Both ministers have stated that there will be a transitional period at the end of Brexit, but that once it is over, the UK will be conclusively ‘out’.
On the other side of the pairing, the euro has only made marginal gains due to disappointing Eurozone data.
Industrial production slowed by more than forecast in June, dropping -0.6 per cent on the month (rather than the -0.5 per cent expected) and easing from 3.9 per cent to 2.6 per cent on the year.
While today has brought little UK data, we could see high pound volatility over the next couple of days as a result of domestic data releases.
The first of these announcements will be the UK’s inflation figure for July.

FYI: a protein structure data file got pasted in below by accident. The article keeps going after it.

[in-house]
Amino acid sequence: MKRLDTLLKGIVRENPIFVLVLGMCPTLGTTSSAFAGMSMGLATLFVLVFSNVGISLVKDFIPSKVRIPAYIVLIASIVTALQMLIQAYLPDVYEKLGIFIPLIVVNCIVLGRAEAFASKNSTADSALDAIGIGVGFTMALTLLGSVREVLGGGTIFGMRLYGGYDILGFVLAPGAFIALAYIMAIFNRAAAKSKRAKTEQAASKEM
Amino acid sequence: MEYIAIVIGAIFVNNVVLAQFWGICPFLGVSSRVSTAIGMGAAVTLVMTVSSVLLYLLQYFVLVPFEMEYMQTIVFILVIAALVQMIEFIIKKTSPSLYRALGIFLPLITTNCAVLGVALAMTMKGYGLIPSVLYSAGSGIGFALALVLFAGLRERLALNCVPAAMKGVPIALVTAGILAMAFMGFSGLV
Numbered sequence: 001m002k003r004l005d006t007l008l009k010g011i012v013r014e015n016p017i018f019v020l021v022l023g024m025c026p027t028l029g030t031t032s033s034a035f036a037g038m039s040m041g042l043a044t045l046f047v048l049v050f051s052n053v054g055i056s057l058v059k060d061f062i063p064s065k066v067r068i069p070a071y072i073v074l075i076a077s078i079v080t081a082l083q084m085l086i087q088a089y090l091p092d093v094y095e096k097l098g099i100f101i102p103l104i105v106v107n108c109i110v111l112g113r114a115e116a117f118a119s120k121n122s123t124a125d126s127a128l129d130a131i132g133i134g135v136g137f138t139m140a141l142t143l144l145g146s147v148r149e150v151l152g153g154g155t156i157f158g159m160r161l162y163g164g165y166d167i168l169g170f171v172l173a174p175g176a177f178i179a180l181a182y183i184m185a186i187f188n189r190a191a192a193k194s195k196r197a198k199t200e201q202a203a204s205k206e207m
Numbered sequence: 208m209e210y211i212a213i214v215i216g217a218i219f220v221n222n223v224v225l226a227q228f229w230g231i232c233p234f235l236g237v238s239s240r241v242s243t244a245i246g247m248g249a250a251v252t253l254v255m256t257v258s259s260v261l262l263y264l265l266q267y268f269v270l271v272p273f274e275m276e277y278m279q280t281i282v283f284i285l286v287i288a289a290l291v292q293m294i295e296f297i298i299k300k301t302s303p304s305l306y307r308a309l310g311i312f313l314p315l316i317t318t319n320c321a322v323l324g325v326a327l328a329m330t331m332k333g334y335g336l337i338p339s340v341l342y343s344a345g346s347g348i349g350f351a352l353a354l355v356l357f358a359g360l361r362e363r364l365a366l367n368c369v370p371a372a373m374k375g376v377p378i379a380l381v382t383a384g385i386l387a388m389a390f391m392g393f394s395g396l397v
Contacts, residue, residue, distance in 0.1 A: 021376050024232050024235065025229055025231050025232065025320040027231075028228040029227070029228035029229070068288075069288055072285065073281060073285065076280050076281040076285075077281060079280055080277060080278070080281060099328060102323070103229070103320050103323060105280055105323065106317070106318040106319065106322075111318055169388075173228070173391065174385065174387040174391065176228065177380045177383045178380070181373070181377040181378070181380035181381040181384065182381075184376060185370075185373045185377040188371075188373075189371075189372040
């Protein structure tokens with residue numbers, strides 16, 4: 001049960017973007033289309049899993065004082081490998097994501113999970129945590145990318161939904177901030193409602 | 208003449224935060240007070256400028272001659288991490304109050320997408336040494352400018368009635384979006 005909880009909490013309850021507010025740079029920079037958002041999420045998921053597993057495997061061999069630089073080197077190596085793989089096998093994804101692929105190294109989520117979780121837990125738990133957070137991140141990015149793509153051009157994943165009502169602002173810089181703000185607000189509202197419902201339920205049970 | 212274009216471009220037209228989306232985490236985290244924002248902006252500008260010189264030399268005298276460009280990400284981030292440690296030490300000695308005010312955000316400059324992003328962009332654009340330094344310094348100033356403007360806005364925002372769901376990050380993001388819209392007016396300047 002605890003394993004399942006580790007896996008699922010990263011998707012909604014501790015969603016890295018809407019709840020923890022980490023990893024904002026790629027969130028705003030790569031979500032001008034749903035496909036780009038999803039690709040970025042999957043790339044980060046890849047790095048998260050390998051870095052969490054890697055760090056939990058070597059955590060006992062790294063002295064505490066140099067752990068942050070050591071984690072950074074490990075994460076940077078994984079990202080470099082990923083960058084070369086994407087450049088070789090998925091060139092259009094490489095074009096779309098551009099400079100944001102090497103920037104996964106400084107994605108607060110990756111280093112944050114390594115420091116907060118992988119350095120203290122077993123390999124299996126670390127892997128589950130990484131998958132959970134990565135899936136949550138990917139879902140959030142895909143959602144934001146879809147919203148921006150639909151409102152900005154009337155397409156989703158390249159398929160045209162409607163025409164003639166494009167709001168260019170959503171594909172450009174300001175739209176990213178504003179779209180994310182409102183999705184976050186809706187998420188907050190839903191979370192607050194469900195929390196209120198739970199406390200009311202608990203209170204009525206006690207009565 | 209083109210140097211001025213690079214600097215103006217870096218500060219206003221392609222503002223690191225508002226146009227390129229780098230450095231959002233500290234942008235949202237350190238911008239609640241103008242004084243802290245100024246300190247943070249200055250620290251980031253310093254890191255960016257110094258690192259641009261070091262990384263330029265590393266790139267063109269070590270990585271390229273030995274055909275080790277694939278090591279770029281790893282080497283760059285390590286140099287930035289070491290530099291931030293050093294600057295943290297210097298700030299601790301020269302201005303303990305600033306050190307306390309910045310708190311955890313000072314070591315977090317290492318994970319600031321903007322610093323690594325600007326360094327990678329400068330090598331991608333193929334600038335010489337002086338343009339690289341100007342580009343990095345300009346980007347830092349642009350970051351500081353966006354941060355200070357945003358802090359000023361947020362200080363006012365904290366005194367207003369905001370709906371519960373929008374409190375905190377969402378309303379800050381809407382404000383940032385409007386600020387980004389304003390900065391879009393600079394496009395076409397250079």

No monthly change is expected, but an annual increase in price pressures is projected.
Higher inflation would usually raise the chances of a Bank of England (BoE) interest rate hike, but so far the BoE has resisted caving to the pressure.
This is partly because raising interest rates at the current time could worsen the situation for those with high levels of debt.
Later in the week the UK will be publishing average earnings and employment numbers.
Rising average earnings would be pound-positive, but stagnant wage figures could send Sterling lower.
The UK unemployment rate will also be announced on Wednesday, but no change from 4.5 per cent is expected.
For the euro, movement may be caused by Tuesday’s German GDP figures, as well as Wednesday’s Eurozone-wide growth figures.
Economic growth has been predicted in both cases, which may mean that the euro rises against the less stable pound in the middle of the week.